[5 ]This paragraph was added in 1744. In the third edition of Illustrations upon the Moral Sense (1742), p. 318n. Hutcheson wrote: “In many Questions of this Nature we must have recourse with Aristotle to a Sense, which is the last Judge in particular Cases.” (Also see An Essay on the Nature and Conduct of the Passions and Affections, with Illustrations on the Moral Sense, edited by Aaron Garrett, Liberty Fund, p. 189.) He appears to have had in mind (here, as in many other citations of Aristotle) Henry More, Enchiridion Ethicum (1666) translated as An Account of Virtue; or, Dr Henry More’s Abridgement of Morals, Put into English, p. 16: “The Philosopher having (in his great Morals [Magna Moralia, bk. 2, chap. 10]) brought in one who demands, what Right Reason was, and where to be found? The Answer is but darkly thus, That unless a Man have a Sense of things of this Nature, there is nothing to be done. … So that in short the final Judgment upon this matter is all referred to inward Sense, which I confess, I should rather have called, The Boniform Faculty of the Soul.”
[6 ]The notion that the liberty of the will consists in indifference was defended by Eustache, Ethica, pp. 12-13, 64-65, and repudiated by the Reformed: Heereboord, Collegium Ethicum, pp. 4-5, 50. Locke dismissed the idea in Essay, II, 21, 73, pp. 238-84.
[7 ]Hutcheson’s note (1749): “See Part I, Chapter 4, Section 6,” [pp. 97-99], where reference is made to Locke, “On Power.” See also Part III, chap. 3, sec. 3, note 6.
[8 ]It was a characteristic feature of the Neoplatonist philosophers of the third and fourth centuries , some of them celebrated by Hutcheson (“Dissertation on the Origin of Philosophy,” pp. 3-8), that they criticized Stoic fatality by insisting, with the Peripatetics, on the exercise of deliberation over appearances of good in acts of will. One of the most effective critics of Stoicism from this perspective was Nemesius of Emesa, remarked by Hutcheson, in A Short Introduction to Moral Philosophy, p. 4, as an author to be consulted on the subject of human nature, with Aristotle, Cicero, Arrian, Locke, Malebranche, and Shaftesbury. The text of Nemesius, “On the Nature of Man,” is provided in an English translation with commentary in Cyril of Jerusalem and Nemesius of Emesa, edited by William Telfer; see especially pp. 389-423. The Cambridge Platonists also employed Peripatetic arguments against the Stoics on the question of the freedom of the will. See Henry More, An Account of Virtue, bk. 3, chap. 2, pp. 181-90.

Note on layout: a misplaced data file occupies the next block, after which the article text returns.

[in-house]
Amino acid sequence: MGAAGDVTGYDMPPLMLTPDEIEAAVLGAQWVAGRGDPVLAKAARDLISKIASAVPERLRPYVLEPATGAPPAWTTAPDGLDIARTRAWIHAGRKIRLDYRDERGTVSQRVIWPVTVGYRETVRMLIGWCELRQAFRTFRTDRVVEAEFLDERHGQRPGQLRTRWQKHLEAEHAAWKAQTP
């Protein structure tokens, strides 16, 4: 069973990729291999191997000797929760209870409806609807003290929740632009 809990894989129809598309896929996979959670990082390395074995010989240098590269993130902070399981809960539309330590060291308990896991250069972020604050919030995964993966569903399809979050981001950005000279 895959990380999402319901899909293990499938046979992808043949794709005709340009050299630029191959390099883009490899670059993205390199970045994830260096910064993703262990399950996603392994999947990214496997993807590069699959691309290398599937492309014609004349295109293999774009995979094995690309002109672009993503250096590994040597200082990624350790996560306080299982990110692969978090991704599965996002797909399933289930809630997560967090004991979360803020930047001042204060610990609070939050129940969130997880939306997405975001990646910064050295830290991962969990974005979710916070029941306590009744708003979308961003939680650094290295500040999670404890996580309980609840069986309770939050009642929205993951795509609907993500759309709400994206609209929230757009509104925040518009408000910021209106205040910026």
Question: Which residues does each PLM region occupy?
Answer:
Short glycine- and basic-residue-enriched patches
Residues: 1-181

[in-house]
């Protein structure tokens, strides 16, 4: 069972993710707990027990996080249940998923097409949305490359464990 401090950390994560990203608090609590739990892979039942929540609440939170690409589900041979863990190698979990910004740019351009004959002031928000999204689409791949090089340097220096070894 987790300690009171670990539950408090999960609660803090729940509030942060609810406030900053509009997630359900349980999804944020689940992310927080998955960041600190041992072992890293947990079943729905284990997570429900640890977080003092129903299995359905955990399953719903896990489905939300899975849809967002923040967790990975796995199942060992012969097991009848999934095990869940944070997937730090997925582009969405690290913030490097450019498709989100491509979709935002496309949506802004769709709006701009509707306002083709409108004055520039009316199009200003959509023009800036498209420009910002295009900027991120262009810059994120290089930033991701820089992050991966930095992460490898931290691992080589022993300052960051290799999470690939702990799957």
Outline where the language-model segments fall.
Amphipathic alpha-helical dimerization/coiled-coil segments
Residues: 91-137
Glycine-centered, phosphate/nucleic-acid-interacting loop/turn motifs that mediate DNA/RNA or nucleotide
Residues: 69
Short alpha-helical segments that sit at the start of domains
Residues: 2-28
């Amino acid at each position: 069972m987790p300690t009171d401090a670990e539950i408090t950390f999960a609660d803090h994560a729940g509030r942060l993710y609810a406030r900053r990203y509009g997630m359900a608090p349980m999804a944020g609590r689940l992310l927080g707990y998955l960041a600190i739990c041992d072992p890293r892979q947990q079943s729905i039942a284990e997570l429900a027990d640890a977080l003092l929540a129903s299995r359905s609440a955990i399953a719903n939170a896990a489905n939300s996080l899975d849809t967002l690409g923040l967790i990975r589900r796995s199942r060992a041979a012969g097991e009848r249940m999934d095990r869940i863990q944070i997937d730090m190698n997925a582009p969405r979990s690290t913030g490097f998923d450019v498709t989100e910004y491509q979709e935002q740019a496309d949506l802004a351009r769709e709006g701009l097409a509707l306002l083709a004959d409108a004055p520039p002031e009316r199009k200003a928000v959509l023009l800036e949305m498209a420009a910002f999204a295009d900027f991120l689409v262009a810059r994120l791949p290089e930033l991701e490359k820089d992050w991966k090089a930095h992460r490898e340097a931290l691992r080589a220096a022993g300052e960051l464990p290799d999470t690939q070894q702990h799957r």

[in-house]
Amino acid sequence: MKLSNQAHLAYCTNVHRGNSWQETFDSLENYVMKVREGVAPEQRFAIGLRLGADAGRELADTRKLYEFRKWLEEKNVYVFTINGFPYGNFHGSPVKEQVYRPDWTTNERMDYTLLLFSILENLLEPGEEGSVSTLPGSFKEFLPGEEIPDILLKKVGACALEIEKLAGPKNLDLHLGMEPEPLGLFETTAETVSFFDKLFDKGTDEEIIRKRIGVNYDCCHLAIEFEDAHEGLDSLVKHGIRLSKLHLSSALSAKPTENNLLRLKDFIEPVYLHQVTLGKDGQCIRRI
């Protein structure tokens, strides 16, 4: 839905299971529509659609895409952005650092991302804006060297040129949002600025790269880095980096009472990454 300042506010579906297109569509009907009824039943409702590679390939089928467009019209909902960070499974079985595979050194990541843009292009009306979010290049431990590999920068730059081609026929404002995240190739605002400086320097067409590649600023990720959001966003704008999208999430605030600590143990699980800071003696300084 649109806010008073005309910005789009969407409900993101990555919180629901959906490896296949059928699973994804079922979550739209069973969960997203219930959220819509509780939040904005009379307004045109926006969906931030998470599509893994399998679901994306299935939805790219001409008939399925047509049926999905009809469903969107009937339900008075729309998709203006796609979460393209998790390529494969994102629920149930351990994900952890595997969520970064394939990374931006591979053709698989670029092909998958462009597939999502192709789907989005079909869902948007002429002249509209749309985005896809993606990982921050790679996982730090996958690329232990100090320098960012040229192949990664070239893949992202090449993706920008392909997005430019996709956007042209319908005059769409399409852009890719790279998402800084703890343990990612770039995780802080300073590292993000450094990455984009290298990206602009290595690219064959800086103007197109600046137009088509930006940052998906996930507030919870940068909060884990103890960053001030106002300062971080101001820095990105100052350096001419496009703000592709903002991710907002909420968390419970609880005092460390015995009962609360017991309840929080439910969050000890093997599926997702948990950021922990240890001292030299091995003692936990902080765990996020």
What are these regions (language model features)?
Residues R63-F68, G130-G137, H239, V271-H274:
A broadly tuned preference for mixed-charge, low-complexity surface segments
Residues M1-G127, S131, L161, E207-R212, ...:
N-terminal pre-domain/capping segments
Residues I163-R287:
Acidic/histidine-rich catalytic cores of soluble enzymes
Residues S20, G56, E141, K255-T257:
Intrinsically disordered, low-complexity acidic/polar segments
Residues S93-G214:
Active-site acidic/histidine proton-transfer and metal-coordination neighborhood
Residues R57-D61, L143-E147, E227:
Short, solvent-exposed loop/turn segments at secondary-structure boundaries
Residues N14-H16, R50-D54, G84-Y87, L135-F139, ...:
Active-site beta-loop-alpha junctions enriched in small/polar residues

[9 ]Locke considered joy and sorrow to be reflective or secondary sensations, which cannot otherwise make themselves “known to us than by making us reflect on what we see in ourselves.” He also referred to these “modifications or tempers of mind” as “in ternal sensations.” Essay, II, XX, 1-8, pp. 229-31.
[10 ]Aliudque cupido, mens aliud suadet: Ovid, Metamorphoses, VII, 19-20, in Meta morphoses, vol. I, p. 342, from the soliloquy of Medea as she attempts to resist falling in love with Jason and betraying her father.
[11 ]Hutcheson’s note (1749): “All this has been more fully expounded by Cicero, in Tusculan Disputations, Book IV.” See also An Essay on the Nature and Conduct of the Passions and Affections, sec. 3, p. 59 ff.
[12 ]This paragraph was added in 1744.
[13 ]Ignoti nulla cupido: Ovid, The Art of Love, 3, 397 (p. 146), from Ovid’s advice to a woman to get out and be seen by men if she wishes to find a lover. The same phrase appears in de Vries, Determinationes Pneumatologicae II, VI, p. 29.
[14 ]This paragraph was added in 1744.
[15 ]Ira autem brevis ille furor: Horace, Epistles, I, 2, 62 (p. 266).
[16 ]This paragraph was added in 1744.
[17 ]See also An Essay on the Nature and Conduct of the Passions and Affections, pp. 95 ff., 136, 165, and so on, on “fantastic” and “foolish” associations of ideas.